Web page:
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This river is situated in central western part os Slovenia and is 60 kilometers long. It has karstic characteristic and it flows through Idrijca valley. The biggest town in the valley is Idrija, which is known for it´s second biggest mercury mine in the world (now closed). After it´s journey it flows into Soca river.

The main characteristic of Idrijca river is it´s quick water level rising and declining and its very slippery stones caused by a variety of algae that are growing on them. For this river is remarkable also that it has the shortest river inflow called Jezernica, which is about 50 meters long. This short river is known for it´s spring called Divje jezero or “wild lake” in which the endemic Olm or Proteus (Proteus anguinus) was discovered.

The Idrijca river is also known for it´s other water inhabitants. Because of it´s connection with Soca river it has a big population of native marble trout with the same genotype, but with a different fenotype, as a result of different habitat. This difference doesn´t impact on it´s lenght and weight. Exemplars bigger than 10 kilograms are very common. So if you want catch them, heavy gear is advised. The main technique allowed is fly-fishing, spinning is allowed only to people older than 60 years, but only in a small district.

For dry-fly enthusiasts big graylings are good challenge, especially in the summer months when the water level is low, this could be the only option to catch them.

Other species that live in Idrijca are: brown trout, hybrids, rainbow trout, chub and barbel.

Peter

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The Soca river (in slovene Soča; in italian Isonzo; in german Sontig) is an alpine river and is considered to be one of the most beautiful rivers in Europe. This consideration is supported by the fact that is also called “emerald beauty” (because of its color) and because of it´s astonishing surroundings, formed by Julian Alps. It is situated in the western part of Slovenia, the lower part of it flows also in Italy where it enters in the Adriatic sea. It´s total length is 137 kilometers.

From the history is known as the theater of fights between Italy and Austro-Hungarian Monarchy in the First World War between 1915-1917 (also known as the Isonzo Front by historians). This battle is till now considered to be the biggest mountain battlefield of all times.

Nowadays is also known as one of the best fishing rivers in Slovenia and in Europe. Many slovenian, italian, french, english, eastern country…, fisherman´s come to enjoy the nature outside and inside the water. The most claimed fish is the native marble trout (Salmo marmoratus) or. “trota marmorata” in italian. In slovenian language is called “Soška postrv” which means “trout from Soca”. This river is ideal for it´s habitat, because is large with deep pools. It also has medium and fast rapids which are ideal for another native species – the adriatic grayling (Thymallus thymallus). The main difference between this grayling and Danube grayling is in it´s absence of black spots in the front part of the body and it´s greyish coloration.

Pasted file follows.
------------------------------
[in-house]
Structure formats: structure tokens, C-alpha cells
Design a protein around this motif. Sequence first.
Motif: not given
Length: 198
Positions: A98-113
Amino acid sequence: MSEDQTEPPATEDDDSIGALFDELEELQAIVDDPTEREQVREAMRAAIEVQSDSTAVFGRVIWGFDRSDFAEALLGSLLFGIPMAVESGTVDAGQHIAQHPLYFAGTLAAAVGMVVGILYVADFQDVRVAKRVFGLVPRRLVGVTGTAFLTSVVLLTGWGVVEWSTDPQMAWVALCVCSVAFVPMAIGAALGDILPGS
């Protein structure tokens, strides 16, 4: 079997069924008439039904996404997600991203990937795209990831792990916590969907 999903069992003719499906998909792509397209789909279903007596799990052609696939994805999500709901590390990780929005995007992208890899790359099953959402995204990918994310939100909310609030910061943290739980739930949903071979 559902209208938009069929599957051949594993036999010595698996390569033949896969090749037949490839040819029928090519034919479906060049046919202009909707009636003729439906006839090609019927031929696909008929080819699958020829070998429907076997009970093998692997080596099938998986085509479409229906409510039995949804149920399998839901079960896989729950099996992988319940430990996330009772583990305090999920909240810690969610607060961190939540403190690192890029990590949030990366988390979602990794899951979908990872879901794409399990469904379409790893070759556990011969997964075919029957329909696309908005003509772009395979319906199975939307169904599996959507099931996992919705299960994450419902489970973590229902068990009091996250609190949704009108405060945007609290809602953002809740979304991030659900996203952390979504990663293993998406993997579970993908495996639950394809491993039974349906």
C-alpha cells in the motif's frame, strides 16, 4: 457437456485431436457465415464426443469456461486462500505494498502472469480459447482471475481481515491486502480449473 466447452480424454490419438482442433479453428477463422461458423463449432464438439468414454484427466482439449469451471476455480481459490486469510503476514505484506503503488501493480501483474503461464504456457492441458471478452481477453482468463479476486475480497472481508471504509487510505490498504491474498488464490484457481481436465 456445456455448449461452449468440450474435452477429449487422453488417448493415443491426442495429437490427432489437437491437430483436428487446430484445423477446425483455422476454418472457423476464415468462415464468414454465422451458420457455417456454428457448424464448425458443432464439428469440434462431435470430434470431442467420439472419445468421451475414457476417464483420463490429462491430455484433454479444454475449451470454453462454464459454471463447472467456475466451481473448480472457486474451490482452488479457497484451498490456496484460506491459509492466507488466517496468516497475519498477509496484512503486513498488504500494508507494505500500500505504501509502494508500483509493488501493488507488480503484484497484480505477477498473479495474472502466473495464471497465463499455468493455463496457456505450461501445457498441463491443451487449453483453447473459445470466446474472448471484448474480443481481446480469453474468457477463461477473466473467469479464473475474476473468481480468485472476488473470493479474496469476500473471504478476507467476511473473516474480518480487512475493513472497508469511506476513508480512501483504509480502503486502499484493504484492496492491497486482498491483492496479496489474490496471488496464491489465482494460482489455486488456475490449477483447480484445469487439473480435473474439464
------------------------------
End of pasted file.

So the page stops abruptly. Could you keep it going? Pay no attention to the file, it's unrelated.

Other species that lives in Soca river are: brown trout, hybrids (marble trout x brown trout), rainbow trout and chub.

This river can be divided in 3 parts which represent 3 different associations that manage it. On the most part of the river only fly fishing technique is allowed, with an exception on the lower part, where also spinning is allowed.

The upper part.

The middle part.

The biggest marble trout caught in Soca river (120cm, 22,5 kilograms)!

(Source: Angling club of Tolmin)

This one was caught in july on dry-fly.

This one was caught on nymph in september.

Peter

 

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This river flows in Vipava valley, which is situated in western part of Slovenia. It´s a karstic river and it´s 44 kilometers long. It could be divided in two parts: the upper part is faster and shallower and appropriate for salmonids. The lower part is deeper and slower and is ideal for cyprinids. Now is turn to write something about the upper part.

The most celebrate salmonid which lives in this river is the indigenous marble trout. Other species that lives in this part are: brown trout, grayling, rainbow trout and hybrids (marble X brown). Despite the river size you can find marbles up to 15 kilograms (found one dead last year), browns up to  5 and graylings bigger than 50 centimeters. The rainbow trout was introduced in the last seventies and now represent a threat for habitat and food. In this part you can find also some cyprinids such as chub, common nase, common barbel and some smaller species.

Because of the majority salmonid population the principal fishing technique is fly fishing, but also spinning (in some areas) is allowed. The best time for fishing is in may and june when a large number of insects swarms (especially big caddisflies) and in september and october when fishes became more voracious because of the winter approaching. Especially graylings became very active on the surface and you can catch them easier than in other months.

For now is all. Down i put some pictures to make an idea of the river and its residents.


This marble trout was found dead last summer (15,60 kilograms).

(Source: Fishing association Rence)

Peter

 

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